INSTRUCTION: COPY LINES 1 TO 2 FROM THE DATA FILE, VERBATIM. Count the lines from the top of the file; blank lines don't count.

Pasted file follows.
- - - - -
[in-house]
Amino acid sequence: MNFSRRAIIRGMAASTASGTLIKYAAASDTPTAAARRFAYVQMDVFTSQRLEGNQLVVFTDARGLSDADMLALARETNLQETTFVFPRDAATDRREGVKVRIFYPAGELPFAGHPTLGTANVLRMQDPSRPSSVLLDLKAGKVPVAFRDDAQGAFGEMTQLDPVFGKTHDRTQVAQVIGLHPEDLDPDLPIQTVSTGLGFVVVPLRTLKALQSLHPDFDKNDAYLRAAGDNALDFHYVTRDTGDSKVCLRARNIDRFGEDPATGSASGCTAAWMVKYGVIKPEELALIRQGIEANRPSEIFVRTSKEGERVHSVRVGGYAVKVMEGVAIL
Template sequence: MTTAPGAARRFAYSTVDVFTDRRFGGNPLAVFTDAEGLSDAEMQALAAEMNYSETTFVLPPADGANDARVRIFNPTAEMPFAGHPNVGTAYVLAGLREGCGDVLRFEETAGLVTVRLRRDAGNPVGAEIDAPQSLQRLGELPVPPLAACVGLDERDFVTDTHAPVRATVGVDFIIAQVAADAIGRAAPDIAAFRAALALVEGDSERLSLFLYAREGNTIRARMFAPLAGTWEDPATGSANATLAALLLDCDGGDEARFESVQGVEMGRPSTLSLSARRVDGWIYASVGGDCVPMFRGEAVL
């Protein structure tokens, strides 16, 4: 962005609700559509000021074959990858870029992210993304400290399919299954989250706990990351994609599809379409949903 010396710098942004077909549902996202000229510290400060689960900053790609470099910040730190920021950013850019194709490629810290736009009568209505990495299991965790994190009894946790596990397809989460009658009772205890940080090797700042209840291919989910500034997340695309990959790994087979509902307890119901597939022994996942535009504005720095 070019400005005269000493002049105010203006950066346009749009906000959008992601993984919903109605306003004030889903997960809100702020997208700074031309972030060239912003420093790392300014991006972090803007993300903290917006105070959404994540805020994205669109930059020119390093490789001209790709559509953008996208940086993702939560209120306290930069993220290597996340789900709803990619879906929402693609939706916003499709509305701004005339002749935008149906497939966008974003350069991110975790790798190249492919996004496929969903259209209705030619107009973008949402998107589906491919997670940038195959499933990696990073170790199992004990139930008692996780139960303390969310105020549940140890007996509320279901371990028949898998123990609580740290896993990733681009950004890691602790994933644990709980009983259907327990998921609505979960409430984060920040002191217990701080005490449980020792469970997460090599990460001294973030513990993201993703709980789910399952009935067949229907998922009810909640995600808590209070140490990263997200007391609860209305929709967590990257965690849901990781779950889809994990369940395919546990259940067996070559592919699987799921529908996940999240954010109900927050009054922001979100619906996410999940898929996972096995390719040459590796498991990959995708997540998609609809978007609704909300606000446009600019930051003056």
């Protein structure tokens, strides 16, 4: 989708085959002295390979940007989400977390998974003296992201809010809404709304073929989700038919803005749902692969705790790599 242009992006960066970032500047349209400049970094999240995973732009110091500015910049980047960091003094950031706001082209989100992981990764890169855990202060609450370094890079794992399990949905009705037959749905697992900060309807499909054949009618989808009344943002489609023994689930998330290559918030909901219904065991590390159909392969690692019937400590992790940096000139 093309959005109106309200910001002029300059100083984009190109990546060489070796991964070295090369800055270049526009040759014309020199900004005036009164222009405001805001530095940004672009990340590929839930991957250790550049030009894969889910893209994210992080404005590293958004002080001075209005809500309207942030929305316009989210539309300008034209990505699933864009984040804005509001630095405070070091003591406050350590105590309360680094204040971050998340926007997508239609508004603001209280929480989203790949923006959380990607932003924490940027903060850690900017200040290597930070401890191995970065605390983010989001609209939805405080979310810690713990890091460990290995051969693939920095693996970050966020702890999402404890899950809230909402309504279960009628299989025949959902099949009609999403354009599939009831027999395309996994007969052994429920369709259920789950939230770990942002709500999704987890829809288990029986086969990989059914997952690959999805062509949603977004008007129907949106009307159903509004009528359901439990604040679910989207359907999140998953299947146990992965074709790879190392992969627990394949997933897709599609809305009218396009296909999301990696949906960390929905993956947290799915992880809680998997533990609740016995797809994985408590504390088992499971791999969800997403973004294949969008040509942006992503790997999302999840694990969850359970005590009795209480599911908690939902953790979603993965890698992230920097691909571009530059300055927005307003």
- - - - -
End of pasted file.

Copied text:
[in-house]
Amino acid sequence: MNFSRRAIIRGMAASTASGTLIKYAAASDTPTAAARRFAYVQMDVFTSQRLEGNQLVVFTDARGLSDADMLALARETNLQETTFVFPRDAATDRREGVKVRIFYPAGELPFAGHPTLGTANVLRMQDPSRPSSVLLDLKAGKVPVAFRDDAQGAFGEMTQLDPVFGKTHDRTQVAQVIGLHPEDLDPDLPIQTVSTGLGFVVVPLRTLKALQSLHPDFDKNDAYLRAAGDNALDFHYVTRDTGDSKVCLRARNIDRFGEDPATGSASGCTAAWMVKYGVIKPEELALIRQGIEANRPSEIFVRTSKEGERVHSVRVGGYAVKVMEGVAIL